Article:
The big bank idea | Business Standard Editorials

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India needs more efficient financial entities

Finance Minister Nirmala Sitharaman said last week that India needed four or five banks of State Bank of India’s (SBI’s) size to serve the growing and changing needs in the post-pandemic world. The minister further argued that one of the driving reasons for amalgamations in public sector banks (PSBs), which happened before the pandemic, was to create scale. It is not clear if the government is again considering the option of merging some of the remaining PSBs. In the last round of mergers, for instance, Oriental Bank of Commerce and United Bank of India were merged with Punjab National Bank, while Union Bank of India took Corporation Bank and Andhra Bank into its fold. Besides, Allahabad Bank was absorbed by Indian Bank. But these mergers have not created scale of any significance. As things stand now, SBI’s book is bigger than the next three largest banks put together.

It is perhaps the aspiration of the government to have very large banks, but it’s not obvious how they will benefit the economy in a rapidly changing technological and financial landscape. Banks will grow in size with a growing economy, and some will grow faster than the others, but India is unlikely to have four or five banks of SBI’s size over the next several years. However, this is unlikely to affect the flow of credit. In terms of large lending to businesses, it is better to follow the consortium approach, which not only enables greater due diligence but also reduces concentration risk. The government’s thinking perhaps could be that large banks will help finance India’s infrastructure needs more easily. But the fact is that banks are often reluctant to lend to infrastructure projects because of their basic nature of business. Infrastructure projects typically have long gestation, which creates an asset-liability mismatch for banks, irrespective of size. Further, the government is setting up a development finance institution to cater to the infrastructure sector. Additionally, longer-term debt should ideally be raised from the bond market and can be financed by insurance and pension funds.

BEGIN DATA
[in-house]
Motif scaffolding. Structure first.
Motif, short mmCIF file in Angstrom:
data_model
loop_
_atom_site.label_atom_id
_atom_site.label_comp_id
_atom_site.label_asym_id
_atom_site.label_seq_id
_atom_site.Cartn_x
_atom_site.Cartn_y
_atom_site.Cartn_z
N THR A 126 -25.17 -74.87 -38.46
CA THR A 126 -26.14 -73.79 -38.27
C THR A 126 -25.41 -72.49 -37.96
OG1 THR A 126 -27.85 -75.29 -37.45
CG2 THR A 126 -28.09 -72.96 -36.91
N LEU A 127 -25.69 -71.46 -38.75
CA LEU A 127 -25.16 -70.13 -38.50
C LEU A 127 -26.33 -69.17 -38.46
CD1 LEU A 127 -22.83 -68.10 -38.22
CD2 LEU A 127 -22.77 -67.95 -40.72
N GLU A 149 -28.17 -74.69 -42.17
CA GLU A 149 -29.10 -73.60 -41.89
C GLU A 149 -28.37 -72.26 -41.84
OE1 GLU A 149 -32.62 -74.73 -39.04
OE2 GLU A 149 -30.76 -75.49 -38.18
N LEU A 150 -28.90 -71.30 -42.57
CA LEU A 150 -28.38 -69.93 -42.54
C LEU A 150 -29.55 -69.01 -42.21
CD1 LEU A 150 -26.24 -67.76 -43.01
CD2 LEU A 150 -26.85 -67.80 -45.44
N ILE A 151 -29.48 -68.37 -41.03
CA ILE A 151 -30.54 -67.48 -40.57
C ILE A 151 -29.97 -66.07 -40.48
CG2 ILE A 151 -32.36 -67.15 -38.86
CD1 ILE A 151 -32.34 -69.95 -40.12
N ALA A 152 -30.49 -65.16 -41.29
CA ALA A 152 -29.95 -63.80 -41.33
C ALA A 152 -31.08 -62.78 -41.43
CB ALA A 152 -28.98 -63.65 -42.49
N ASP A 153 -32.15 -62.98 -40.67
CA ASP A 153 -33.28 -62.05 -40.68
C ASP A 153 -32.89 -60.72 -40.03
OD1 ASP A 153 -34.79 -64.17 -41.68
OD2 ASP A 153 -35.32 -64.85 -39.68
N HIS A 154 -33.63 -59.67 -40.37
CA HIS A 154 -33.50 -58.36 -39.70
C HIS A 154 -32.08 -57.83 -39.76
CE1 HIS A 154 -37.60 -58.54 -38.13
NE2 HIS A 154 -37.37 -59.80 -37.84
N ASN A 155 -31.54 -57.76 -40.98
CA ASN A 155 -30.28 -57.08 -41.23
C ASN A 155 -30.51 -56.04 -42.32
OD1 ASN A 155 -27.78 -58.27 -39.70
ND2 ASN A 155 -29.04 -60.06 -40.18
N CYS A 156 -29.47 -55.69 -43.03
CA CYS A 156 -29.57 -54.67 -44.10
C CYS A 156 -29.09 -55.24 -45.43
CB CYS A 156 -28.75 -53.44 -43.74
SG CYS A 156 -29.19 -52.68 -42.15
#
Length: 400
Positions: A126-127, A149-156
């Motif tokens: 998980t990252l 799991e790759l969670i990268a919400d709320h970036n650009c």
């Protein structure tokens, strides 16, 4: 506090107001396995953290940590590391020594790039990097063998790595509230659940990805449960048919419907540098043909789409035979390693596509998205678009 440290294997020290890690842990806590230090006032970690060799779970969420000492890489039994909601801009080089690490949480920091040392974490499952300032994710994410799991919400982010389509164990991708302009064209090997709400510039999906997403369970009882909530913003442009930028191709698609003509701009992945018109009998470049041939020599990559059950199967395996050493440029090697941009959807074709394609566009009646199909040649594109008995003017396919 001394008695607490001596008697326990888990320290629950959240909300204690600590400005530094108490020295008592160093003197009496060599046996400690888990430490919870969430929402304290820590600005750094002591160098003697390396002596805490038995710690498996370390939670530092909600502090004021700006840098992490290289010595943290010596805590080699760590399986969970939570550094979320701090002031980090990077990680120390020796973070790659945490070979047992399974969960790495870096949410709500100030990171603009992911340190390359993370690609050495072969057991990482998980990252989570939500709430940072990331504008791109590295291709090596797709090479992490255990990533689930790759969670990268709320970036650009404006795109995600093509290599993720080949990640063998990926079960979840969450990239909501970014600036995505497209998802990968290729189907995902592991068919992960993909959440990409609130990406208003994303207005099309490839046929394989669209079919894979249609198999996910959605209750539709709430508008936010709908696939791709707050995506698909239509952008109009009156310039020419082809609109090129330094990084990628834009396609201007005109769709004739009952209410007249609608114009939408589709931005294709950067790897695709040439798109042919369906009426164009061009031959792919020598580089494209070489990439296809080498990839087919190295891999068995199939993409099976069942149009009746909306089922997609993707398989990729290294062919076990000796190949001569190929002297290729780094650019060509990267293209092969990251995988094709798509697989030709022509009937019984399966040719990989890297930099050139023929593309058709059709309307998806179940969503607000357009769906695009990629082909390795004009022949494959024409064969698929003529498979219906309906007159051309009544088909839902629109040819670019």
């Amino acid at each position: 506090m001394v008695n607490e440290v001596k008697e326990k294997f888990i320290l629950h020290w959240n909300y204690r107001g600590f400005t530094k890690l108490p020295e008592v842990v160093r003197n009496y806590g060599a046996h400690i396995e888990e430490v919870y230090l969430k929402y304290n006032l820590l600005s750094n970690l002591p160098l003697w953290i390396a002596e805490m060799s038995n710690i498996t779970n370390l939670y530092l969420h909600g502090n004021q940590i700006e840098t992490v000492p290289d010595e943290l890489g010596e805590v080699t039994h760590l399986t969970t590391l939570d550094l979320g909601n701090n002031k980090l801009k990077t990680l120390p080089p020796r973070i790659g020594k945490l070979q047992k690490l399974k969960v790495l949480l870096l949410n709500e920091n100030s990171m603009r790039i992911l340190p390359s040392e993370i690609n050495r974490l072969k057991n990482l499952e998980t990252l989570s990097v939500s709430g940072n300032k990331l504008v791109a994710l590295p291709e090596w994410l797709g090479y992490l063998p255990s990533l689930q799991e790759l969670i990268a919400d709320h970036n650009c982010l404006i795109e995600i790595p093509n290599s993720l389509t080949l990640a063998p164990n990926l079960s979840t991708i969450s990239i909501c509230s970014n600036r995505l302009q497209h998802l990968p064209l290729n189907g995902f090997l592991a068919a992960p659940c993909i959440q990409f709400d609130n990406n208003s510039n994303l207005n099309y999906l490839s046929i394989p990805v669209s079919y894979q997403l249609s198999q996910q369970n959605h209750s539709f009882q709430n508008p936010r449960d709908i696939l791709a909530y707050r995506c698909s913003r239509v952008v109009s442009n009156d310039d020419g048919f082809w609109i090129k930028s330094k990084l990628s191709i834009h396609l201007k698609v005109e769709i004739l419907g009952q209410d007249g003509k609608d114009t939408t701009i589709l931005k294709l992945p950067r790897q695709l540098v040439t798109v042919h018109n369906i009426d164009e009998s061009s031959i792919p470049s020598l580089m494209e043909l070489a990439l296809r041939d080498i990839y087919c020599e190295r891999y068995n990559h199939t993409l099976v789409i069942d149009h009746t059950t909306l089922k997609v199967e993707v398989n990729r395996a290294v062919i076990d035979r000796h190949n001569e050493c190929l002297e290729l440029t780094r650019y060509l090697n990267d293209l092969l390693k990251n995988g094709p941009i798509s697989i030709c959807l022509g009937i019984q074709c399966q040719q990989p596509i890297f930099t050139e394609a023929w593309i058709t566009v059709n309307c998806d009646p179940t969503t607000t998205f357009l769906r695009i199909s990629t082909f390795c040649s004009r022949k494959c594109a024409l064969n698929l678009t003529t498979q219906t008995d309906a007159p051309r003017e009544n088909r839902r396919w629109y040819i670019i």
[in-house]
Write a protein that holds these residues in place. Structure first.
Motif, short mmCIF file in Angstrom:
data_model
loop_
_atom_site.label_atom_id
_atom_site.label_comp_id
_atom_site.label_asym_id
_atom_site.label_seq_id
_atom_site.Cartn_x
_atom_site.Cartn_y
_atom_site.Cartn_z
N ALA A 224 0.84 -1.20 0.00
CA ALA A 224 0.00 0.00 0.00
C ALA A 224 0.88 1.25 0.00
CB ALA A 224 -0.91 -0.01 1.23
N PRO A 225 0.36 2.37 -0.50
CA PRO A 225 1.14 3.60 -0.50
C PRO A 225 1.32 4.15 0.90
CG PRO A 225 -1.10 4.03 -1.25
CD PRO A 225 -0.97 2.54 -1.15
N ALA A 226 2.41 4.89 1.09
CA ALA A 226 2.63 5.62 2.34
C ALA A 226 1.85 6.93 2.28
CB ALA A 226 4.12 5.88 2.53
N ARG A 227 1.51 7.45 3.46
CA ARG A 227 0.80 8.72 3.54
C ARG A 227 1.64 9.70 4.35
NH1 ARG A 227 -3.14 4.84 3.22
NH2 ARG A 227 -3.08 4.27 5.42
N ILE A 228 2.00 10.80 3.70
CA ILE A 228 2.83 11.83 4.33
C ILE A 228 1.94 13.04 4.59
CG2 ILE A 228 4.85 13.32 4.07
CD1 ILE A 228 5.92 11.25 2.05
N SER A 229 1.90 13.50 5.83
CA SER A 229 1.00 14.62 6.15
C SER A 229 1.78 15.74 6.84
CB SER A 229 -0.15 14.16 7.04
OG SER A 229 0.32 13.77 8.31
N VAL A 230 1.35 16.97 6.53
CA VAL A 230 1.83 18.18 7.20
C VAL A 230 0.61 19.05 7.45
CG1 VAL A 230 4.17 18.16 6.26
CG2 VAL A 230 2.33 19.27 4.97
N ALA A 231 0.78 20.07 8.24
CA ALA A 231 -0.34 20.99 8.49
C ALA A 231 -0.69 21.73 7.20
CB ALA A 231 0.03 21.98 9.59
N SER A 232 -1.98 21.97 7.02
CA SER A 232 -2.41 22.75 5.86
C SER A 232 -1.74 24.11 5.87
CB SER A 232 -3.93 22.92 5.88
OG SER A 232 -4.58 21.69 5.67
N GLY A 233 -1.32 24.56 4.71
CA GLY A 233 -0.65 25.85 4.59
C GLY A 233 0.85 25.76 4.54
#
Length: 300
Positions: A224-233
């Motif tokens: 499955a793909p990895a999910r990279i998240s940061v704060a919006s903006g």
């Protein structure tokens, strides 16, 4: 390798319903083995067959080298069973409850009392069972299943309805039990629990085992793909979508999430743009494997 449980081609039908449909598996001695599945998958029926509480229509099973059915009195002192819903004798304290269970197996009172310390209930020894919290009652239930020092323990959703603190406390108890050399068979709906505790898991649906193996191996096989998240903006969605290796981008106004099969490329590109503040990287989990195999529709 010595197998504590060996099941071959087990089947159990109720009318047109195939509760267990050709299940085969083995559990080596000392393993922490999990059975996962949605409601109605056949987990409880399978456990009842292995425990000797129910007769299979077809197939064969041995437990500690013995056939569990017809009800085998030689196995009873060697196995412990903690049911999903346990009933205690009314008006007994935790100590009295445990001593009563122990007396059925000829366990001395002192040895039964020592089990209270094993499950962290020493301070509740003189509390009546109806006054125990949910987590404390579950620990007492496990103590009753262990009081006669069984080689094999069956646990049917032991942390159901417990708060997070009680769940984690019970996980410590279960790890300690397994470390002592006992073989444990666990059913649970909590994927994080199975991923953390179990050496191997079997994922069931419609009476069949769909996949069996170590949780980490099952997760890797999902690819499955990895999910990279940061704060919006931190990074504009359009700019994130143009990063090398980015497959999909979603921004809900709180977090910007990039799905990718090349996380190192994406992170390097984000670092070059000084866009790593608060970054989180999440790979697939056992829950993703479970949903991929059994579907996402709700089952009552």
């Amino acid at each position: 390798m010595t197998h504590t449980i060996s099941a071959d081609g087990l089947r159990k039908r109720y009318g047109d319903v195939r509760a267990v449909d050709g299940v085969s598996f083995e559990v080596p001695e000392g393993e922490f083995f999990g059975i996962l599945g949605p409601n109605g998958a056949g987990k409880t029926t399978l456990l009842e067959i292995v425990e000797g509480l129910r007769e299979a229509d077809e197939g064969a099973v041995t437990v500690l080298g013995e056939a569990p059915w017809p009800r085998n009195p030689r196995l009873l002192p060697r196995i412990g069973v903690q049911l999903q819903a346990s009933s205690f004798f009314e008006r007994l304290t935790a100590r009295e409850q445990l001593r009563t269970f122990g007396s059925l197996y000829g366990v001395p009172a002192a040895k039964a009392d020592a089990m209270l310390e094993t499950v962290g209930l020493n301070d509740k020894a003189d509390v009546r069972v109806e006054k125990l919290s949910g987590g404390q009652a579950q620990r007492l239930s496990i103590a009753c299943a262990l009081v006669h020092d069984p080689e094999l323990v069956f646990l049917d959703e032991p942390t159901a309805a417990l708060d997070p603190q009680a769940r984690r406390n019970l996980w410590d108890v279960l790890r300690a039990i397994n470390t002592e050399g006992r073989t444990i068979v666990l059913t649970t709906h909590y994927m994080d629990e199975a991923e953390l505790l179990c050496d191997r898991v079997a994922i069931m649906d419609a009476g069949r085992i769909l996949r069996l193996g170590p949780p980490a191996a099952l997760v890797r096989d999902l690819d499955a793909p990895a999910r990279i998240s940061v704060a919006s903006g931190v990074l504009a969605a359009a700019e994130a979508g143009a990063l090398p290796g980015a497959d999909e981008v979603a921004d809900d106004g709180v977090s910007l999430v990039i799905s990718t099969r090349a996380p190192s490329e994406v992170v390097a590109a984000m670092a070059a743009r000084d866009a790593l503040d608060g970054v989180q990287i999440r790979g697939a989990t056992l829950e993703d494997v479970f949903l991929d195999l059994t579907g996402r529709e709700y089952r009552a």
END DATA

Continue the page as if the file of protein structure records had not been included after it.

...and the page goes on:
At a broader level, large banks can create systemic risks and some will become too big to fail. It is relatively easier for the banking regulator or the government to intervene when banks in trouble are not very big. Further, since rapid changes are happening in the area of financial technology, it may not be easy for large banks to adapt quickly. Thus, the focus should be on improving efficiency rather than increasing size through mergers as was done with PSBs. In this context, it is worth noting that the finance minister had talked about privatisation of two PSBs in the Union Budget. There has not been much movement on this front, though the government is reported to have started consultation with the Reserve Bank of India. The government would do well to speed up the process. It should, however, strictly avoid another round of mergers among PSBs with the pretence of creating scale. Since there has been virtually no movement on reforms in the way PSBs function, large banks would create bigger problems for the government. The banking sector, in general, will gain size with economic growth over time, and the objective of the State should be to provide an enabling environment with effective regulation.

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